This week, I spent a few days with family, camping out in Beaulieu. This is one of my favourite places in the New Forest and it’s full of fantastic walks!


Whilst staying in Beaulieu, I decided to gather some bark up to bring back with me to University. There is a nice range of trees in this part of the New Forest, including quite a lot of Silver Birch.

There was lots to rifle through! The best part is, some logs were completely rotten in the center, and I was able to collect almost full bark ‘skins’ which I can put back together after the casting process to basically re-create the pieces almost exactly.


I am quite taken with the concept of developing pieces or small collections that are made entirely from bark in one area of the New Forest. The idea being to transform these original elements of the space into something new. A physical object; arisen from the forgotten spaces in the landscape.


I think I have managed to collect a substantial pile of bark from Beaulieu in order to start experimenting with this concept. Now I just have to find somewhere safe to store them until September!

I also want to say a thankyou to my cousin, Emily, for accompanying me on this trip to take some photos of me in action!



I hope you are all enjoying your summer breaks!


So, I have officially finished my final term of second year at University! It’s gone past so quickly and it feels so surreal to think that I will be starting the final year of my degree in only 3 months time.

I have been so pleased with how my work has developed in this last semester, and I feel as though I am in a very strong position to carry on with it once I return to study after the summer.

I just wanted to share with you some images of my final works that I took in the studio.

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I am planning to use the time I have over the summer to collect new materials to work with for the coming year; travelling around the new forest to find interesting textured bark to use within my casting and recording the environments through the use of drawing and film.


That’s it for now, but I’ll keep you updated with anything interesting that develops!

Something new today! I have been playing with the idea of creating a jewellery collection based on the same themes and inspiration as my current project; almost as an extension of the project.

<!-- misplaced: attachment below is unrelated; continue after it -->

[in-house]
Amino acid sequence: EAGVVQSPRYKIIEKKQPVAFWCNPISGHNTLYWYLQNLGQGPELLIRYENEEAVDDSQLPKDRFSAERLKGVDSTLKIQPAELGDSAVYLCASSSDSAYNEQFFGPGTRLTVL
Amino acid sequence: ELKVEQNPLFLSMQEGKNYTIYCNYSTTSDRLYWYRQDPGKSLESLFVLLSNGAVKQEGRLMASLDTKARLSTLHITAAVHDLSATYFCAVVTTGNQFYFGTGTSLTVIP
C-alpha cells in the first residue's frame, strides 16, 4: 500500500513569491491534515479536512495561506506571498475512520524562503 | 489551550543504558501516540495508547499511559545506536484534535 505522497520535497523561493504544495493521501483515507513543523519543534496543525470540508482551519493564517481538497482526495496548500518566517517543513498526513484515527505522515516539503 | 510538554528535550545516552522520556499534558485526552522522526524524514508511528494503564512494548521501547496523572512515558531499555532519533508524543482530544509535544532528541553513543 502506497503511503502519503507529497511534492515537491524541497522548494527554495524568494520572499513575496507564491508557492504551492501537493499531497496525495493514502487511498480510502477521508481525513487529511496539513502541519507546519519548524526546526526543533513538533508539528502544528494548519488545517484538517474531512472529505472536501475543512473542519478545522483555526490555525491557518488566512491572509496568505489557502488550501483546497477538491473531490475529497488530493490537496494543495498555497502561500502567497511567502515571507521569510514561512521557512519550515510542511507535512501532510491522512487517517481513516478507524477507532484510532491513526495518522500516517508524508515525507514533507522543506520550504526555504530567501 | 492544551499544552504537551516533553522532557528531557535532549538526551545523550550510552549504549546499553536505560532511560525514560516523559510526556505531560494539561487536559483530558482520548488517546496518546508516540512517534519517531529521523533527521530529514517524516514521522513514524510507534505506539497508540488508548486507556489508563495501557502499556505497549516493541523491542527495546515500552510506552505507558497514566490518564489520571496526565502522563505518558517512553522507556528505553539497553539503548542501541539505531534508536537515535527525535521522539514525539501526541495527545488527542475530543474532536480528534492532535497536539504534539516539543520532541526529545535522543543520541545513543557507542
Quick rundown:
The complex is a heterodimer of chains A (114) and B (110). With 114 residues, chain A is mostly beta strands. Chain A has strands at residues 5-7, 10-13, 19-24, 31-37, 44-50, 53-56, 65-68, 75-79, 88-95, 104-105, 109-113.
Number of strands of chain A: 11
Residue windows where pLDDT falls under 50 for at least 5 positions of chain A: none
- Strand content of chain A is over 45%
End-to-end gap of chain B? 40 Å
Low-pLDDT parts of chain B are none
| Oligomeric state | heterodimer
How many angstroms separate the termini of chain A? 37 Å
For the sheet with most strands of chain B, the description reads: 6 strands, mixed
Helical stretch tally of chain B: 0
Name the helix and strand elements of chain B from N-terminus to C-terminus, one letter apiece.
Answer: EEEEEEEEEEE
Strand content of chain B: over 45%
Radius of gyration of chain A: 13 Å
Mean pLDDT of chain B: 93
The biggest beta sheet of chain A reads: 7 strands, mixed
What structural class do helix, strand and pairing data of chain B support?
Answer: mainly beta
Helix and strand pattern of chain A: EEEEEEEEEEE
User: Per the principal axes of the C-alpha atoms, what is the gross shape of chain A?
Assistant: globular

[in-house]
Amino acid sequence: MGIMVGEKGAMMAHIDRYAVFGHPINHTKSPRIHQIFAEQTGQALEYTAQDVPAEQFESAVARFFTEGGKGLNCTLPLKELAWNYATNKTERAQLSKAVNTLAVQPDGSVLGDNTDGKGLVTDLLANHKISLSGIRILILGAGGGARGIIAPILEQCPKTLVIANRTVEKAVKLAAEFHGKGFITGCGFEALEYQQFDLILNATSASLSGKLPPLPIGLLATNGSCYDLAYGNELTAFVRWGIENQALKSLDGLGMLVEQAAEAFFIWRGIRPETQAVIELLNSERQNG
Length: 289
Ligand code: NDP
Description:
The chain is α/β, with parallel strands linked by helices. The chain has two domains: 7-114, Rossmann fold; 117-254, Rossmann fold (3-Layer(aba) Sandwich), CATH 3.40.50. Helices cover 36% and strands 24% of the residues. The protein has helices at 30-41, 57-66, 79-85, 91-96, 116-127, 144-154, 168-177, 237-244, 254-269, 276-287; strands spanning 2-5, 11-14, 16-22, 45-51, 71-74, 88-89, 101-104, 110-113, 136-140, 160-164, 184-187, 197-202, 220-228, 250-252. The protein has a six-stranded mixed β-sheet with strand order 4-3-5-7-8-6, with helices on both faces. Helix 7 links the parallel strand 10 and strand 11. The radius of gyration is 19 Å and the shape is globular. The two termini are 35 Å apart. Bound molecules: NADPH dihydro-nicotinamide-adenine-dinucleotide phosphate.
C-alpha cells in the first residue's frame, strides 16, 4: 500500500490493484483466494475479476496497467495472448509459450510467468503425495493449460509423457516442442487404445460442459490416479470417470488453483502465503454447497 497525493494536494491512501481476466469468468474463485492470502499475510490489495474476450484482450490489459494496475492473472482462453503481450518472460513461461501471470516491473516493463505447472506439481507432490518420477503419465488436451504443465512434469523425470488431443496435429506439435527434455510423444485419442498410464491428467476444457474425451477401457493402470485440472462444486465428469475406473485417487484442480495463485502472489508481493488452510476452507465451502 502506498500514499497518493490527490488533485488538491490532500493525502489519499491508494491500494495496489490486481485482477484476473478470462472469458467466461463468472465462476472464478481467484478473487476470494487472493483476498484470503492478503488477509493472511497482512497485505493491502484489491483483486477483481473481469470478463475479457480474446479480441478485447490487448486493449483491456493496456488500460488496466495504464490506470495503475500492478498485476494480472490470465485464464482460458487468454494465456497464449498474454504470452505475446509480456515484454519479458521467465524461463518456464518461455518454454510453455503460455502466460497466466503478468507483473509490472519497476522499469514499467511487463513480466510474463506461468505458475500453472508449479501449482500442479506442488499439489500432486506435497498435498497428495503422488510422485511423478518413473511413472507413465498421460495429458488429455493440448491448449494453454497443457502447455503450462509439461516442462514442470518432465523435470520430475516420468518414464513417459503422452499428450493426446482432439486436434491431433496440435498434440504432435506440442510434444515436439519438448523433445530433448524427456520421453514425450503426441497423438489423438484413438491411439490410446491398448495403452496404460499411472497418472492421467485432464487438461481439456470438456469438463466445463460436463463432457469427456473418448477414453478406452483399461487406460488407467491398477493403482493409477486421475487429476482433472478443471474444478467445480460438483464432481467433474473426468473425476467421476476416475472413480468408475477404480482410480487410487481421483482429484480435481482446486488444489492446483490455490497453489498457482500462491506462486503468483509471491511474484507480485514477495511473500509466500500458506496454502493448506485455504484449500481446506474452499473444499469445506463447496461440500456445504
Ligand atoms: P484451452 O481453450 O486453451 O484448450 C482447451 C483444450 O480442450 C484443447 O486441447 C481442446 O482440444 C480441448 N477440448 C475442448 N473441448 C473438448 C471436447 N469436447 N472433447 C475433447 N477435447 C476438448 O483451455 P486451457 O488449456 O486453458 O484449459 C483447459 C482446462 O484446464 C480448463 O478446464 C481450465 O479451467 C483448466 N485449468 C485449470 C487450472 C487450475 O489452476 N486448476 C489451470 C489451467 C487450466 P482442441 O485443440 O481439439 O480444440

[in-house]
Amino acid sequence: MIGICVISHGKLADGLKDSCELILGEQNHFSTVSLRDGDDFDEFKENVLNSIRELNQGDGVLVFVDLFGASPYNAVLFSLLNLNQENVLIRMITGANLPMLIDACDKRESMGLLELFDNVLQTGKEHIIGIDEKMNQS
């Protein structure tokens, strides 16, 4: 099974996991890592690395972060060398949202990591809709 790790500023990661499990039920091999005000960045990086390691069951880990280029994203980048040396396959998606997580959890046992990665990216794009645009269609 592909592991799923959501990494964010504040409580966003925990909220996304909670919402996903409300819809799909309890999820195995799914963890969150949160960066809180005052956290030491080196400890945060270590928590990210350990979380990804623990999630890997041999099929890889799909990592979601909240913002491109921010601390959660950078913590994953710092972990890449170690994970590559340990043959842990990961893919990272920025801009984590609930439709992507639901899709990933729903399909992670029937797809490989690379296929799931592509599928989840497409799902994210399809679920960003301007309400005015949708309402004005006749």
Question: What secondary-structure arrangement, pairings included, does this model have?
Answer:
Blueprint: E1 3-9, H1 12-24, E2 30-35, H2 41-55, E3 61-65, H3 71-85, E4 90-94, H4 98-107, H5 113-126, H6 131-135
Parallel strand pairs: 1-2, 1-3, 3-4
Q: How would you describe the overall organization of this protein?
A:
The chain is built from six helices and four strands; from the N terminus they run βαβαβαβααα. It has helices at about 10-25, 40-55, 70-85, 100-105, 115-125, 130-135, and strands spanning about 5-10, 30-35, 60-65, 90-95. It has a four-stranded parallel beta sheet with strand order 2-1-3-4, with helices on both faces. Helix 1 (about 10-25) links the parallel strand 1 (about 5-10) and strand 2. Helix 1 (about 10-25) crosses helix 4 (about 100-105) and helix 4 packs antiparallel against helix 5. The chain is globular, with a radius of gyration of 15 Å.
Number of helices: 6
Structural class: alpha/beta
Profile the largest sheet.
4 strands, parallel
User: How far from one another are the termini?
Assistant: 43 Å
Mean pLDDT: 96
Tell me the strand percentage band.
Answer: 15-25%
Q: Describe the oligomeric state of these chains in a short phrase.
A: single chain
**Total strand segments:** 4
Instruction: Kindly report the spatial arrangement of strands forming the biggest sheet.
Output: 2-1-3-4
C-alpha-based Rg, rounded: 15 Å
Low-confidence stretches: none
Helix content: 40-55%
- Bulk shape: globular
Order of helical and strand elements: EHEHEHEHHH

I think it will be interesting to explore the concepts of physically bringing my audience closer to nature, by the means of items of jewellery, as well as continuing to explore the ideas in my other collection, of recreating an experience aesthetically for my audience to interact with.

I have had a very ad hoc attempt at wax modelling some brooches and rings this week to do a standard cast with, just to get an initial feel for the pieces, and see if I like the idea.

I think the prospect of creating two collections of work that run alongside each other could be a really contemporary and exciting approach within my practise, and I would like to explore it a lot more in my final year of study.


As always, leave any comments/feedback as to what you think!


I recently came across an artist called Lee Borthwick and I have instantly fallen in love with her series entitled ‘The Common Gaze’.

Borthwick too, works with wood in a sustainable way and embraces the unique narratives of her materials to produce work that draws out the beauty in natural forms. Her series ‘The Common Gaze’ is about offering up a new perspective and allowing us to experience woodland “through the eyes of the trees.” 

The use of mirrors is such a simple concept, but Borthwick’s compositions capture some truly breathtaking results which seem to have an other-worldly aura to them.

I really love the play on perspectives in this work. I am particularly interested in how she draws the elements of the landscape that she likes most and projects them into a new part of the environment.


This is a concept that I am hoping to develop a response to in my own practise. I want to find a way to transform segments of the landscape and then have them interject the original environment.